9 min read
At age 31, how can she “catch up” to her peers in the dating process?
Dear Rosie & Sherry,
I am 31 years old, smart, friendly and pretty, though a bit introverted and slow-to-warm-up at times. I have many close friends, though I have never had a boyfriend. This concerns me because I really do want to be married and have children. School and work have kept me busy for a very long time and I have very little dating experience. My parents were very education-focused and dating was not encouraged growing up -- though ironically, “marry a Jewish guy” was frequently mentioned.
When I go to social mixers, I feel like a fish out of water. It's like I'm a visitor in a foreign land and ignorant of the local customs. Also, either at mixers or online, I don't see many guys who interest me. I've tried to “just give him a chance” as friends advise, but even when I do make a concerted effort to keep an open mind, usually we just don't click. I imagine this is par for the course, yet I seem more sensitive to it and am saddened by the rejection -- even if little time has been invested (i.e., one date) and even if I’m the one who decides it's not a match.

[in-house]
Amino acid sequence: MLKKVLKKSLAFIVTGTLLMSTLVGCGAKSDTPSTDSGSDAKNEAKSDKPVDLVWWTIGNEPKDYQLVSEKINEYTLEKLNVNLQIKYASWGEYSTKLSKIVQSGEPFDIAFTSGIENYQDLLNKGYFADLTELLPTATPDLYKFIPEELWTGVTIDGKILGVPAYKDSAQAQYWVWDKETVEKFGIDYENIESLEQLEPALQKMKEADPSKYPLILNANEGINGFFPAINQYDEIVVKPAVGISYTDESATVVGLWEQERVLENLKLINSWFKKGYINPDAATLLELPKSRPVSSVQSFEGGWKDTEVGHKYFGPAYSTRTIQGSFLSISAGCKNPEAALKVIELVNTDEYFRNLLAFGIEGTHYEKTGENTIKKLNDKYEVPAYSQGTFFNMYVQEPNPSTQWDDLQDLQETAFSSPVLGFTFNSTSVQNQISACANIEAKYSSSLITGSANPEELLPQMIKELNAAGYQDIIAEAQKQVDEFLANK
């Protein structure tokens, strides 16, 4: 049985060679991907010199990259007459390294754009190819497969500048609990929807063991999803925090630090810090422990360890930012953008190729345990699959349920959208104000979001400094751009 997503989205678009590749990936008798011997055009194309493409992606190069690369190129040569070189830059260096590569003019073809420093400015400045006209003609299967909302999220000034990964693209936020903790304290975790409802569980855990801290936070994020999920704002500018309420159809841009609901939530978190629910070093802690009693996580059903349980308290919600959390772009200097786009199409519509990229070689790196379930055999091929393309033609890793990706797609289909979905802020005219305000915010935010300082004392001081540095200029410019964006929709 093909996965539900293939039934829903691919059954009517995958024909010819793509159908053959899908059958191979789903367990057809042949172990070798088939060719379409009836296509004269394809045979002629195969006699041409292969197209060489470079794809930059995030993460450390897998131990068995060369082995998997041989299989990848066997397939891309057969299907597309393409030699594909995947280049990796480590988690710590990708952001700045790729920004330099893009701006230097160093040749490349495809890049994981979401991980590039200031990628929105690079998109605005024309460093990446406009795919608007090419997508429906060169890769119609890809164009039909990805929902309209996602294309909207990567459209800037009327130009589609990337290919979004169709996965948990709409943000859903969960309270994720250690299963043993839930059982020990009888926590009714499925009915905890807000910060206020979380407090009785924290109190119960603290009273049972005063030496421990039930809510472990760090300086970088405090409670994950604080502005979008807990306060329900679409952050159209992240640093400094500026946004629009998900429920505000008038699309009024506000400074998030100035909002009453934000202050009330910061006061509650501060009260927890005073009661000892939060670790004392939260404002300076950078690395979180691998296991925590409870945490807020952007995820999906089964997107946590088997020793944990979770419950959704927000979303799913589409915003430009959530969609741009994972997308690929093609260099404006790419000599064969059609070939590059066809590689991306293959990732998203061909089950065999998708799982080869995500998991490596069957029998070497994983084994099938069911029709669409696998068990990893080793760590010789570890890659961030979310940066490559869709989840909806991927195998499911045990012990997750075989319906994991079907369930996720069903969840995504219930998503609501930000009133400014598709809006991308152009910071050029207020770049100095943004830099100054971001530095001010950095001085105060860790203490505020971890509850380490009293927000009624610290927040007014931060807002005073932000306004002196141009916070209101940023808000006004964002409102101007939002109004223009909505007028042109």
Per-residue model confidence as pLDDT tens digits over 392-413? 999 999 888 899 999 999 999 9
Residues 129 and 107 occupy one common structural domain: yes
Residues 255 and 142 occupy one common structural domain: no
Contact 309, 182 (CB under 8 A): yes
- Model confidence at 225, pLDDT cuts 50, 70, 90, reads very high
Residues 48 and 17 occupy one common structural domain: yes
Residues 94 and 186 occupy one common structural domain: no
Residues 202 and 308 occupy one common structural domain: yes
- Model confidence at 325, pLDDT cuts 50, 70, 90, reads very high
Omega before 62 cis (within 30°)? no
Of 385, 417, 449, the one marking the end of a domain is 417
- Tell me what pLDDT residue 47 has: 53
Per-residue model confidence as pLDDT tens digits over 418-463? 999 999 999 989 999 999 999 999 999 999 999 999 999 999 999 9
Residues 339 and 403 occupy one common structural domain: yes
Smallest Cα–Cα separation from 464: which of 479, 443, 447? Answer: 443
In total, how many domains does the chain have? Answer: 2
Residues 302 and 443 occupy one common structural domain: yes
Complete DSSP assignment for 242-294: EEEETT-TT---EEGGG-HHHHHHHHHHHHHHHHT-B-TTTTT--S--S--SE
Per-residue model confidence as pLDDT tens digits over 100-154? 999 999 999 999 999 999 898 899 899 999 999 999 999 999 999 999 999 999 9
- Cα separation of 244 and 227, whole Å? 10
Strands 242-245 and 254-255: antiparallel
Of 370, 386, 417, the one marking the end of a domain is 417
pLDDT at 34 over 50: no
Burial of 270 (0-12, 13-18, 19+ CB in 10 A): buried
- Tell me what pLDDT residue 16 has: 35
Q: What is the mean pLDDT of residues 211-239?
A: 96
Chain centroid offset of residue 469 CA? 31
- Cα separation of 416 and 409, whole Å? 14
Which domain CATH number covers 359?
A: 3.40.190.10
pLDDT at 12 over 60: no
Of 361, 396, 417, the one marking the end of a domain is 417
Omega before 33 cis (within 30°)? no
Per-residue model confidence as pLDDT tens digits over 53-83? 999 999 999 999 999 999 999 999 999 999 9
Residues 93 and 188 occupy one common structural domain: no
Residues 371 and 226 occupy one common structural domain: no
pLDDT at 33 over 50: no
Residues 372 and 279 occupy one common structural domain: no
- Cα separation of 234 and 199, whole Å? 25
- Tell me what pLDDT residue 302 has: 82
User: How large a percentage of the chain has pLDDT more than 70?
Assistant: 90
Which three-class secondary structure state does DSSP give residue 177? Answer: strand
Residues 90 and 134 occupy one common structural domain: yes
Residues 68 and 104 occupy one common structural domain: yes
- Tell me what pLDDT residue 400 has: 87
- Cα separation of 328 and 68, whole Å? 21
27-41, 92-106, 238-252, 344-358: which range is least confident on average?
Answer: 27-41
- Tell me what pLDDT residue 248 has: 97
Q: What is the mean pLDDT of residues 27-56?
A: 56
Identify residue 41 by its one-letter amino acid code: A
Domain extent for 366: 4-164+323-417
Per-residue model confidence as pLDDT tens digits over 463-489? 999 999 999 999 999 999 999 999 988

I feel like a sensitive teenager in adult shoes.
My senior year in college I did meet a wonderful Jewish man, but after a few dates nothing came of it. So I am encouraged by the fact that I found someone I really liked. (Yet this has happened only once.) Yet even if I were to find someone great to date, everyone says that “first love never lasts.” So I envision a never-ending string of dating disappointments, having to start all over again in a no-win situation.
I want to share my life with someone and create a loving Jewish home. I feel I have a long way to go between where I'm at now and the goal I wish to reach: it is overwhelming, especially since this dating stuff is not easy for me. I feel like a sensitive teenager in adult shoes, a real-life “13 going on 31.” Where do I start? How can I catch up to my peers and enjoy the process? What can I do to help myself reach my goals without feeling so pressured? Thank you for any help and advice.
We appreciate how difficult it was for you to write to us, and we're glad to have the opportunity to address this big challenge in your life. Although you may feel as though you're the only 31-year-old who is just beginning to date for marriage, we can assure you this is not true. We've heard from many other women and men who are in the same position, either because they delayed serious dating until they finished schooling and embarked upon their careers, or because they finally decided to look toward "settling down" after years of short-term, not-serious relationships. In spite of the many different reasons for a late-start, each person in this situation is embarking on a new, unfamiliar process in their journey through life.